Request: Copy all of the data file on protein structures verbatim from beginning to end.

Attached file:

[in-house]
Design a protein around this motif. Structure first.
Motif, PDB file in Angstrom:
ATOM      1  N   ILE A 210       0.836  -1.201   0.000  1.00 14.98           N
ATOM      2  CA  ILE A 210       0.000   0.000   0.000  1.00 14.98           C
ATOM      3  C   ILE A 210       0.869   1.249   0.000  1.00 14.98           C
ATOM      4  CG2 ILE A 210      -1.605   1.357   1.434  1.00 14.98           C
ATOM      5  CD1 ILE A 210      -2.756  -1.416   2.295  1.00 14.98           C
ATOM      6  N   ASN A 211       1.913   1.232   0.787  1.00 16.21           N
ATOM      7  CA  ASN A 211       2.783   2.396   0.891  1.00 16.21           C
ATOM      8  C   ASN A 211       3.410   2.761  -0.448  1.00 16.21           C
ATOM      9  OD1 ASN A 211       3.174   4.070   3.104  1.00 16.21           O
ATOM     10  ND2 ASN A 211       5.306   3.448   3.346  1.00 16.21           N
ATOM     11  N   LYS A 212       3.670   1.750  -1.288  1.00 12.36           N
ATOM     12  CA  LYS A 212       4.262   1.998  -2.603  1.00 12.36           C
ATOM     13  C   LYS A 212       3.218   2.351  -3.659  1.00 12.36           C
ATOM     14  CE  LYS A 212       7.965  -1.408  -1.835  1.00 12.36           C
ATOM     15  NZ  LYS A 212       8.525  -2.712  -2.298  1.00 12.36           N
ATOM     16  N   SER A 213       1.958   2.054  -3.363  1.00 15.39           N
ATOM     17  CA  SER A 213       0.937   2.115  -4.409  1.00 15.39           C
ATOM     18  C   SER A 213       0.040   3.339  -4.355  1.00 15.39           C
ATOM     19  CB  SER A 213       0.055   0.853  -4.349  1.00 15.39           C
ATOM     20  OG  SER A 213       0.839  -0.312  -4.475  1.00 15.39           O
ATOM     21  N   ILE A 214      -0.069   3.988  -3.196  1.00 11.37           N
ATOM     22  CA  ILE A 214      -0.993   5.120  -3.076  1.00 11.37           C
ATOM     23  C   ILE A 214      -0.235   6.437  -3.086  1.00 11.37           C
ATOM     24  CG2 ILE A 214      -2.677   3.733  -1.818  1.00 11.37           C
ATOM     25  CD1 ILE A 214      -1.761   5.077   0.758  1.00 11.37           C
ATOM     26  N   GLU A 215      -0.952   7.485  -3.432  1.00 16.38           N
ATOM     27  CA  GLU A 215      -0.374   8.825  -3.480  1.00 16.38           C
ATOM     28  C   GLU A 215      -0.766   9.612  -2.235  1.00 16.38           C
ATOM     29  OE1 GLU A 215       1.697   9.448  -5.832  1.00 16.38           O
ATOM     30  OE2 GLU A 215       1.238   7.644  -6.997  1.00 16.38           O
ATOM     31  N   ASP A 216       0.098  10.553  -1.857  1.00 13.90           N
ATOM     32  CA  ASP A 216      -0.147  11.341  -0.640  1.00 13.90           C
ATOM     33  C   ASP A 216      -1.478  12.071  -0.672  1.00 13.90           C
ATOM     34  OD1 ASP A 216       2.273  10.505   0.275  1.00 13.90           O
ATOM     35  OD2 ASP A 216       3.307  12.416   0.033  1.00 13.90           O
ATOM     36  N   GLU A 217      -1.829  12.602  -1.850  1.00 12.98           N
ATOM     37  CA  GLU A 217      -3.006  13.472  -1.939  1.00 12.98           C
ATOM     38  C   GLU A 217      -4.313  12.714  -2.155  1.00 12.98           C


[in-house]
Design a protein around this motif. Structure first.
Motif, PDB file in Angstrom:
ATOM      1  N   ILE A 210       0.836  -1.201   0.000  1.00 14.98           N
ATOM      2  CA  ILE A 210       0.000   0.000   0.000  1.00 14.98           C
ATOM      3  C   ILE A 210       0.869   1.249   0.000  1.00 14.98           C
ATOM      4  CG2 ILE A 210      -1.605   1.357   1.434  1.00 14.98           C
ATOM      5  CD1 ILE A 210      -2.756  -1.416   2.295  1.00 14.98           C
ATOM      6  N   ASN A 211       1.913   1.232   0.787  1.00 16.21           N
ATOM      7  CA  ASN A 211       2.783   2.396   0.891  1.00 16.21           C
ATOM      8  C   ASN A 211       3.410   2.761  -0.448  1.00 16.21           C
ATOM      9  OD1 ASN A 211       3.174   4.070   3.104  1.00 16.21           O
ATOM     10  ND2 ASN A 211       5.306   3.448   3.346  1.00 16.21           N
ATOM     11  N   LYS A 212       3.670   1.750  -1.288  1.00 12.36           N
ATOM     12  CA  LYS A 212       4.262   1.998  -2.603  1.00 12.36           C
ATOM     13  C   LYS A 212       3.218   2.351  -3.659  1.00 12.36           C
ATOM     14  CE  LYS A 212       7.965  -1.408  -1.835  1.00 12.36           C
ATOM     15  NZ  LYS A 212       8.525  -2.712  -2.298  1.00 12.36           N
ATOM     16  N   SER A 213       1.958   2.054  -3.363  1.00 15.39           N
ATOM     17  CA  SER A 213       0.937   2.115  -4.409  1.00 15.39           C
ATOM     18  C   SER A 213       0.040   3.339  -4.355  1.00 15.39           C
ATOM     19  CB  SER A 213       0.055   0.853  -4.349  1.00 15.39           C
ATOM     20  OG  SER A 213       0.839  -0.312  -4.475  1.00 15.39           O
ATOM     21  N   ILE A 214      -0.069   3.988  -3.196  1.00 11.37           N
ATOM     22  CA  ILE A 214      -0.993   5.120  -3.076  1.00 11.37           C
ATOM     23  C   ILE A 214      -0.235   6.437  -3.086  1.00 11.37           C
ATOM     24  CG2 ILE A 214      -2.677   3.733  -1.818  1.00 11.37           C
ATOM     25  CD1 ILE A 214      -1.761   5.077   0.758  1.00 11.37           C
ATOM     26  N   GLU A 215      -0.952   7.485  -3.432  1.00 16.38           N
ATOM     27  CA  GLU A 215      -0.374   8.825  -3.480  1.00 16.38           C
ATOM     28  C   GLU A 215      -0.766   9.612  -2.235  1.00 16.38           C
ATOM     29  OE1 GLU A 215       1.697   9.448  -5.832  1.00 16.38           O
ATOM     30  OE2 GLU A 215       1.238   7.644  -6.997  1.00 16.38           O
ATOM     31  N   ASP A 216       0.098  10.553  -1.857  1.00 13.90           N
ATOM     32  CA  ASP A 216      -0.147  11.341  -0.640  1.00 13.90           C
ATOM     33  C   ASP A 216      -1.478  12.071  -0.672  1.00 13.90           C
ATOM     34  OD1 ASP A 216       2.273  10.505   0.275  1.00 13.90           O
ATOM     35  OD2 ASP A 216       3.307  12.416   0.033  1.00 13.90           O
ATOM     36  N   GLU A 217      -1.829  12.602  -1.850  1.00 12.98           N
ATOM     37  CA  GLU A 217      -3.006  13.472  -1.939  1.00 12.98           C
ATOM     38  C   GLU A 217      -4.313  12.714  -2.155  1.00 12.98           C